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  • Chris O'Connor

Hardman Half Marathon Gap of Dunloe, Co. Kerry, Ireland

Updated: Feb 20, 2019

Sometimes it's good to do something unplanned and spontaneous and that's exactly how I came to enter the Hardman Half Marathon last week.

I was chatting to my friend Petra about us getting together for some Trans Atlas Marathon training runs when she told me that she'd entered a half marathon at Killarney at the weekend. This would be her first running event and she explained that her plan was to run, walk or crawl to the finish! So I checked out the race website and the first thing that came to mind was 'how did I miss seeing this one?' I usually keep an eye out for interesting races coming up but this one had gone under the radar. So I took the plunge and put in an entry. The previous few weeks had seen me hit some pretty high mileage and a lot of hill sessions so I was under no illusions that I would run a fast race, but the chance to run somewhere different and especially in such a scenic location was too much of a temptation.

And so it was an early start on Sunday morning with a 5.30am dog walk on the beach before setting off for County Kerry to arrive in time for the registration deadline.

The race start line was a few minutes walk up the hill from Kate Kearney's Cottage, where we registered and received our Hardman Half tee shirts and race numbers. Once sorted we joined the line of runners slowly walking up the steep hill to the start.

Petra looking confident at the start line

With just ten minutes to spare we took our place amongst the (mostly very serious looking) runners waiting to set off from the windswept and rather chilly roadside - but with views up the valley towards the Gap of Dunloe we were distracted from feeling too cold. And, of course, once on our way we'd soon warm up.

Serious looking runners at the start line!

And warm up we did as the first five kilometres stretched up and up relentlessly. However the scenery was awesome and as we passed mountain lakes, rivers and small waterfalls the cloudy grey sky cleared to allow a few beams of sunlight to penetrate and give at least the illusion of warmth.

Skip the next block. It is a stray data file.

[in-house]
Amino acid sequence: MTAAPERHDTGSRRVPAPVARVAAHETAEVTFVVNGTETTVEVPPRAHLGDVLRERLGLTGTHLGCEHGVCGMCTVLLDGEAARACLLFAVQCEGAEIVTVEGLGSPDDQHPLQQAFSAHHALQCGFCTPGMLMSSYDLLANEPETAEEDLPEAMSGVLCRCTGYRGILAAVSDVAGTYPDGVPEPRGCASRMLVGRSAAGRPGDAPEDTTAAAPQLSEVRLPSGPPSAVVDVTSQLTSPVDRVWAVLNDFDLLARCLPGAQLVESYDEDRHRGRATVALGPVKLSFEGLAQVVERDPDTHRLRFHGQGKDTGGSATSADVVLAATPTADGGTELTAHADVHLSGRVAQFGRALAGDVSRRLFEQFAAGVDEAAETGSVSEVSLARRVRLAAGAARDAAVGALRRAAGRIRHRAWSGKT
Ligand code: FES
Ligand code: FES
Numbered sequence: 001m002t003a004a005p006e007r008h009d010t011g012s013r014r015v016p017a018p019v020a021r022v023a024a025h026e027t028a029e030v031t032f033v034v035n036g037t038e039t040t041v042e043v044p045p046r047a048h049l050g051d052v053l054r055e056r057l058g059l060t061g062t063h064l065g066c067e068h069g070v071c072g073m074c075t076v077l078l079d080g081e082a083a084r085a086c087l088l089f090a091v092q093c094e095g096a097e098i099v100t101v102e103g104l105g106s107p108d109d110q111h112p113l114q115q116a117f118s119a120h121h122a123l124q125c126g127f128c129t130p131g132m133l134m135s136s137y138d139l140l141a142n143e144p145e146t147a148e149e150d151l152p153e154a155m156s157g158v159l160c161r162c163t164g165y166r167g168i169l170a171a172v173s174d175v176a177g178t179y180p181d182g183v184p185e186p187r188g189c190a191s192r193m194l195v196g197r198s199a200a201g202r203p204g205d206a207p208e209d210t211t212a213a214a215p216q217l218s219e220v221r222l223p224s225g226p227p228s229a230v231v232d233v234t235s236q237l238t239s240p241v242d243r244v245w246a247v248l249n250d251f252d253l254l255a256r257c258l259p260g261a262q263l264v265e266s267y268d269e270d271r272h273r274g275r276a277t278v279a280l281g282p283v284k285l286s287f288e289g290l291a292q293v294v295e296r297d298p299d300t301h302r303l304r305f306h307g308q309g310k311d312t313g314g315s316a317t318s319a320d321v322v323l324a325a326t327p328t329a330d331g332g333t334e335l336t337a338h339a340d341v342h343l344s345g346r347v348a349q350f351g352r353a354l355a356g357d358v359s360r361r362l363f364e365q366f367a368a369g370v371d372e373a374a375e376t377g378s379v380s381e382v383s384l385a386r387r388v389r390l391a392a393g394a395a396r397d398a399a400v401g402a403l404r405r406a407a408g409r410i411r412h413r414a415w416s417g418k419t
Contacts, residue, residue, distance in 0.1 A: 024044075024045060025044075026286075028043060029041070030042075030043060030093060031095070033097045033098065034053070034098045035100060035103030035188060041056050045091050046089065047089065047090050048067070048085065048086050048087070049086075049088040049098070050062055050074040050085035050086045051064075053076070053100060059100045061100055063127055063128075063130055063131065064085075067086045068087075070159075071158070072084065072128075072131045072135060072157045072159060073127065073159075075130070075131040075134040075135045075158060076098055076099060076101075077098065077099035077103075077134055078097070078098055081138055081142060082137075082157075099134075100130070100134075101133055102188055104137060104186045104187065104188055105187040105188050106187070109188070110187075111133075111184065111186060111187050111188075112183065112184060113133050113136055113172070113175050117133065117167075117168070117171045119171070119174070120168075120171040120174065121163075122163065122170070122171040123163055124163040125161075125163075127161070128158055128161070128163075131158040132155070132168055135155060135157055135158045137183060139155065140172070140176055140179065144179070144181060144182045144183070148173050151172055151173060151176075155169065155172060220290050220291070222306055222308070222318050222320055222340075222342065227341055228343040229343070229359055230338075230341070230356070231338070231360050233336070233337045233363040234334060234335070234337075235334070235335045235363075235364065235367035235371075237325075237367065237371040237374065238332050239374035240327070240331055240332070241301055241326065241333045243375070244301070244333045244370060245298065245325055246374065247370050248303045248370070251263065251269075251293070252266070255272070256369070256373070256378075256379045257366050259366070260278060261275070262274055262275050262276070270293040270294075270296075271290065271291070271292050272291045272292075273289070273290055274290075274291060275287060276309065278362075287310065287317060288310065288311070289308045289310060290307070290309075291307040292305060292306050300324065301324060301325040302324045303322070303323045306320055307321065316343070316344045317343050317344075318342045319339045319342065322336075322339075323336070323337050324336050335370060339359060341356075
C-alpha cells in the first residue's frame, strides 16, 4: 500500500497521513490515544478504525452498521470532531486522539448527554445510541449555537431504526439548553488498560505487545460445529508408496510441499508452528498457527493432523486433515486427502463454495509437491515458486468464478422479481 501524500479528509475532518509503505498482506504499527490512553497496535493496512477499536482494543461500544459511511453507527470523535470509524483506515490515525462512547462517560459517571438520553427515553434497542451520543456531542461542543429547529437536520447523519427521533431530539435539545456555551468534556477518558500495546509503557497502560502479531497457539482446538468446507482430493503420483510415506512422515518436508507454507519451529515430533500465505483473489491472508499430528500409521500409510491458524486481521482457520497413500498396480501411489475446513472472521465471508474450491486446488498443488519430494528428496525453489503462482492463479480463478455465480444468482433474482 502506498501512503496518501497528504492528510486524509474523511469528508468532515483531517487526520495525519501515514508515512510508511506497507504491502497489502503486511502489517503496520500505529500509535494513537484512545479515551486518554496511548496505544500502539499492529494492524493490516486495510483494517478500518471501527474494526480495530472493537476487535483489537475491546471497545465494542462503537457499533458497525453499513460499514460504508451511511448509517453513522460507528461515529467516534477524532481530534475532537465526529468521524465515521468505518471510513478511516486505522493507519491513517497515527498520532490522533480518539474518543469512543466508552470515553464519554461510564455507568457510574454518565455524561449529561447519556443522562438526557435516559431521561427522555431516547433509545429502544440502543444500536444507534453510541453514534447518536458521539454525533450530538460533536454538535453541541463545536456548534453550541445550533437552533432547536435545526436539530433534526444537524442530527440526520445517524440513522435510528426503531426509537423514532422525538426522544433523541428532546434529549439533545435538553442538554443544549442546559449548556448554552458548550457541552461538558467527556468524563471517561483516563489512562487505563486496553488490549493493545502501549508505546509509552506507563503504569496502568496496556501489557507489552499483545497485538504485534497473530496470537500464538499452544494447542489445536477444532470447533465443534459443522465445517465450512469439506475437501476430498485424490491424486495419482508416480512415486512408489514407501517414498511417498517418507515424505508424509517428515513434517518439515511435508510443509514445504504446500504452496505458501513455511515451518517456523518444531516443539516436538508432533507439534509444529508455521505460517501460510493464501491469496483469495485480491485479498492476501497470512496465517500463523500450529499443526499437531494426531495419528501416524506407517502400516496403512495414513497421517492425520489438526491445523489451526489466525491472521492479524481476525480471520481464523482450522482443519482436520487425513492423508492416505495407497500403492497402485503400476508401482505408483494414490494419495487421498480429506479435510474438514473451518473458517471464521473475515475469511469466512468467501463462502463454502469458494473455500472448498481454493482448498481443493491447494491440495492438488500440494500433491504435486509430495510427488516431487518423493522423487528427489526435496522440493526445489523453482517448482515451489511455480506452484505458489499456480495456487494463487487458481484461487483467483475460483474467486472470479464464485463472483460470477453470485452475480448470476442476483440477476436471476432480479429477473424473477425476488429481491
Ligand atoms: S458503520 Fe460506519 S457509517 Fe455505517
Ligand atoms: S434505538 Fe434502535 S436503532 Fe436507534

Running into wind on the outward leg was tough but came with the knowledge that it would be behind us on the return leg and would surely help when we were starting to feel the effects of the distance and elevation.

The long grind up to the Gap of Dunloe

Finally reaching the Gap of Dunloe we then headed downhill towards the turning point, which was at around the ten kilometre mark. Some of the leading runners were already on the return leg and passed us as they headed back up to the Gap.

Again, the scenery was amazing as we descended into the valley - but there was always the niggling thought that what goes down has to come up again and that downhill section seemed to go on forever!

There was no shortage of breathtaking scenery

Finally at the turning point, we grabbed a cup of water and headed back towards the long and winding road that we'd just run down. It was a daunting thought that we'd be slogging uphill for almost five kilometres but, as noted earlier, the wind was now from behind us and helped big time with climbing the long ascent back to the Gap of Dunloe. And from that point we were able to enjoy a fast five kilometres downhill to the finish line where we were presented with finishers medals, a warm drink and some post race snacks.

In conclusion, this has to rank as one of my top races in terms of organisation, scenery and value for money. I'll be back next year!

I completed the distance in 02:13:24 and Petra came in with a very respectable time of 02:35:53

The overall winner was Derek Griffin with a time of 01:17:24

First female Michelle Finn 01:26:21

For more Hardman events in 2019 check out their website

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